Ok, I apologize in advance if this has been asked before. I tried googling for it, but didnt find anything related. Im a comp sci guy, not a physics guy, so its possible Im not googling the right terms.
So my understanding is that:
A) Photons of light do not experience time in their reference frame. I.e., the time taken for a photon to travel from point A to point B is 0 (in the photons reference frame).
B) Light can and is bent by gravity.
So now lets say you shine a really bright flash light across the universe. Assume at the time you shine it, the light wont pass near any objects on its way across the universe.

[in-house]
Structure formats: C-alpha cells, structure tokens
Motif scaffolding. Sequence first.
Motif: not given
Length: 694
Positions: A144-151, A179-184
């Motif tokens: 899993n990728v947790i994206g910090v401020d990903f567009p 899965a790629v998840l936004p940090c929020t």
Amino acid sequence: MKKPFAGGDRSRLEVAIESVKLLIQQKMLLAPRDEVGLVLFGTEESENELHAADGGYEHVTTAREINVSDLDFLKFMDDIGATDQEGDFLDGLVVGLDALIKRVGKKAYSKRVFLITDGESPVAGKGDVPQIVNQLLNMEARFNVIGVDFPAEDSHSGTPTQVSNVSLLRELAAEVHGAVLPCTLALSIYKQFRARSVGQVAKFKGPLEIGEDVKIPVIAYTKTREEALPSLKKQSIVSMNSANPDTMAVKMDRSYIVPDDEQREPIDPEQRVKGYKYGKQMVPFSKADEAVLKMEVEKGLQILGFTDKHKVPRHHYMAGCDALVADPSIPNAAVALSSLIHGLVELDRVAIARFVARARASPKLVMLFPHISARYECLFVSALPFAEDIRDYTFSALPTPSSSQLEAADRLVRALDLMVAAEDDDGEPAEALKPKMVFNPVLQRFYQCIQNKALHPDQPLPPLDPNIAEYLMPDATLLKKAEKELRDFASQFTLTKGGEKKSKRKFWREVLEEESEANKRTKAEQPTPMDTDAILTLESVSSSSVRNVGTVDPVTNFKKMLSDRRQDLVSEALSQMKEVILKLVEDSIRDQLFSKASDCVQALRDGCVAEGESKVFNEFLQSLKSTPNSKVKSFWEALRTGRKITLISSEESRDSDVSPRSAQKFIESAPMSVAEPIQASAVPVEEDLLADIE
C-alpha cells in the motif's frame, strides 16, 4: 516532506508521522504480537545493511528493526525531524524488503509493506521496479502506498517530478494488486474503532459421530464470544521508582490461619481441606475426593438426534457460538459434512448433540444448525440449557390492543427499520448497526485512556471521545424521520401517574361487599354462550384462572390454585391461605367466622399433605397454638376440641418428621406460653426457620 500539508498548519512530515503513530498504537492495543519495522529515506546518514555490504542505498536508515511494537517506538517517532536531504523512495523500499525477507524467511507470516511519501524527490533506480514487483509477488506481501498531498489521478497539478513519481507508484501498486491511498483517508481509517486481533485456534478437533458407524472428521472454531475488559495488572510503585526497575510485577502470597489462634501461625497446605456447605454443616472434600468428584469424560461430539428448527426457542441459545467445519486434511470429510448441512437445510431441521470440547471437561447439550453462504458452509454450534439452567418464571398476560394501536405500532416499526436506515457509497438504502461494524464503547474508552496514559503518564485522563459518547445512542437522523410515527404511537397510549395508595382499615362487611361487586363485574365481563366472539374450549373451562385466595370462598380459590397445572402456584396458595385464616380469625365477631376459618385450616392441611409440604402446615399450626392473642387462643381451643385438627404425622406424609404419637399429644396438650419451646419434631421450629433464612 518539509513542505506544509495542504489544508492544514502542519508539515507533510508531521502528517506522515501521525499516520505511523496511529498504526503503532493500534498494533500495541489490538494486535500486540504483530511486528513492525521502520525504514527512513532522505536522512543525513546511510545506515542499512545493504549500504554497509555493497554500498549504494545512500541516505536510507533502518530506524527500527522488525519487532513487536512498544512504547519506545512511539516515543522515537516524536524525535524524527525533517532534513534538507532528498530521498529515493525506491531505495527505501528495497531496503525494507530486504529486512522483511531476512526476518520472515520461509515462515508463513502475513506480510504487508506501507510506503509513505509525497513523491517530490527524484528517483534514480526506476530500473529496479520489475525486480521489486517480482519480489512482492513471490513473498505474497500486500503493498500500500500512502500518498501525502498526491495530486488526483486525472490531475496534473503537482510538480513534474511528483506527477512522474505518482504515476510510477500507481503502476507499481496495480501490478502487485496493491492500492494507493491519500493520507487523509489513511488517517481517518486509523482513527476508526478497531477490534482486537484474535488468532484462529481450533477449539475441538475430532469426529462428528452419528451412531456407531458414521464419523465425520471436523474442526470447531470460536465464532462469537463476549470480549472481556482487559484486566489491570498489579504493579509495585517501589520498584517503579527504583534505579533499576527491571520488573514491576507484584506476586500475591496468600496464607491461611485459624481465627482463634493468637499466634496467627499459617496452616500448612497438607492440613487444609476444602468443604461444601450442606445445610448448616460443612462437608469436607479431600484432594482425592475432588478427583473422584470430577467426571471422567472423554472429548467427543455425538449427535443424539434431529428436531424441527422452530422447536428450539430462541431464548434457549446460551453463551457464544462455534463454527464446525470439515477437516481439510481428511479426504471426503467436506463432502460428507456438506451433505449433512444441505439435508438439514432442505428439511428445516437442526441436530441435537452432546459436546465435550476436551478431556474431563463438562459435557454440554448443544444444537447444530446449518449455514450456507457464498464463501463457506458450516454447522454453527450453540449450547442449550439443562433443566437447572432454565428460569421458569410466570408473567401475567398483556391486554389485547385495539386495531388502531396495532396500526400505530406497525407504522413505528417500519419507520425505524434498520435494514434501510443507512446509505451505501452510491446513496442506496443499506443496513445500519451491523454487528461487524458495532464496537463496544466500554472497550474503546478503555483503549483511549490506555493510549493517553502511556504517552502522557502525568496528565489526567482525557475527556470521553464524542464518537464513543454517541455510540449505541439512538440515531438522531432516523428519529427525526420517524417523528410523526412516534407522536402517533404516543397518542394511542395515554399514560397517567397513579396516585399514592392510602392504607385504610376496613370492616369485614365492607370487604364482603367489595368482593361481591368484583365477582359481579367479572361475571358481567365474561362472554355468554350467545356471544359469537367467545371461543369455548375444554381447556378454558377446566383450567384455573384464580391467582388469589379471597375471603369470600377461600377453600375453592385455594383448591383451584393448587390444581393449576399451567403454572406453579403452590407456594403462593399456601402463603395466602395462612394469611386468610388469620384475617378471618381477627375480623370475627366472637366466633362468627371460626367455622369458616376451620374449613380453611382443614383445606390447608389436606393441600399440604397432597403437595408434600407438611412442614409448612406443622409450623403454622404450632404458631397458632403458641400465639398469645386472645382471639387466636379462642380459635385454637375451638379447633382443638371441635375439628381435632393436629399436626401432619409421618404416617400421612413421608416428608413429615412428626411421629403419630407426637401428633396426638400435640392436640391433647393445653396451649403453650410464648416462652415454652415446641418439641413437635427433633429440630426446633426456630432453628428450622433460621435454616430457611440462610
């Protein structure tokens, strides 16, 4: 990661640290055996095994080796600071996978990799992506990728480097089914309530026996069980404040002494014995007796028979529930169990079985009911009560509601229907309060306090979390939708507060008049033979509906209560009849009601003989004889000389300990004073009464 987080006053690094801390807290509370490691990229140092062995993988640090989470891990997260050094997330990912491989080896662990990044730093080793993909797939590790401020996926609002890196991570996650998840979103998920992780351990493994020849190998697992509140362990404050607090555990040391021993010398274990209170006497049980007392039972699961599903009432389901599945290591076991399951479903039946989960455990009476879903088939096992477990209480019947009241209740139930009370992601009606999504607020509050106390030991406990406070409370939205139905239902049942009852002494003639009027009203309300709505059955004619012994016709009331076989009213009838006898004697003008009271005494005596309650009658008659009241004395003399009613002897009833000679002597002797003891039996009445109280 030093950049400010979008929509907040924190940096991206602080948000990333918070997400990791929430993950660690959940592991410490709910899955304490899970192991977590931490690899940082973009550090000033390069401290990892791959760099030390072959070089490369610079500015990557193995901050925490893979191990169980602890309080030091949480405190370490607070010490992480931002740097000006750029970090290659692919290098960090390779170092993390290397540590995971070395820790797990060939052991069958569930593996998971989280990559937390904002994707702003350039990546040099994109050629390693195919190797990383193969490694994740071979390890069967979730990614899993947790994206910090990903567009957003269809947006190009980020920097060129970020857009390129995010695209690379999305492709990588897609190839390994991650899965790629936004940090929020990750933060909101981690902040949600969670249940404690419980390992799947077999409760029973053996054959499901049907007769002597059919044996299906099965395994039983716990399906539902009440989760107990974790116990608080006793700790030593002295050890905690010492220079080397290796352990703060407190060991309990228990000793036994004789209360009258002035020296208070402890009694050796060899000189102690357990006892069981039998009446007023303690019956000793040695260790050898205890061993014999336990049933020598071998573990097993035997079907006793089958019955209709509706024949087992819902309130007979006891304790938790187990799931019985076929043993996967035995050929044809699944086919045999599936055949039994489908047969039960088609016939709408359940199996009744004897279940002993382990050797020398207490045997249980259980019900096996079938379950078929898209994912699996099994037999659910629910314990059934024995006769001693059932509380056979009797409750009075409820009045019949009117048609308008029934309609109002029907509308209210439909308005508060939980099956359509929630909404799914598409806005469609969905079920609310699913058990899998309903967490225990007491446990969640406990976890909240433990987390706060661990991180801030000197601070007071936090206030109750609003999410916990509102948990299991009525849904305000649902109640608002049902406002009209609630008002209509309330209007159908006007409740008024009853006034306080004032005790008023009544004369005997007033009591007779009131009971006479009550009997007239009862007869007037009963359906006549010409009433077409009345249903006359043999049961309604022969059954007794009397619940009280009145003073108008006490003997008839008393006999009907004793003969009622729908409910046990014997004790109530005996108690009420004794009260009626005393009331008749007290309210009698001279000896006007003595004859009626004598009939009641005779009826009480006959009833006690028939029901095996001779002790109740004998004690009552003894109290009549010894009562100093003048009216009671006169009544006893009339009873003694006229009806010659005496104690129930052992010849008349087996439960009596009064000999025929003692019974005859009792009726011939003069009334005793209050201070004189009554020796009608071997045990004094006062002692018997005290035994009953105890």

In the lights reference frame, its just going to immediately end up on the other side of the universe (assuming that photon didn't hit anything).
However, since this example universe is so big, tons of objects had time to get near the path of the light without hitting it. Their gravitational pull altered the photons' path ever so slightly.
So, to my actual question:
In the example above, the moment the light photon is send flying across the universe, nothing is near its path of travel. However, in its reference frame, it immediately arrives at an altered location due to objects that got in its path.
How can this be possible? If light truly experiences no time, the time at point A and the time at point B should be equal. In either reference frame, the universe objects have not yet moved near its path when the light is at point A.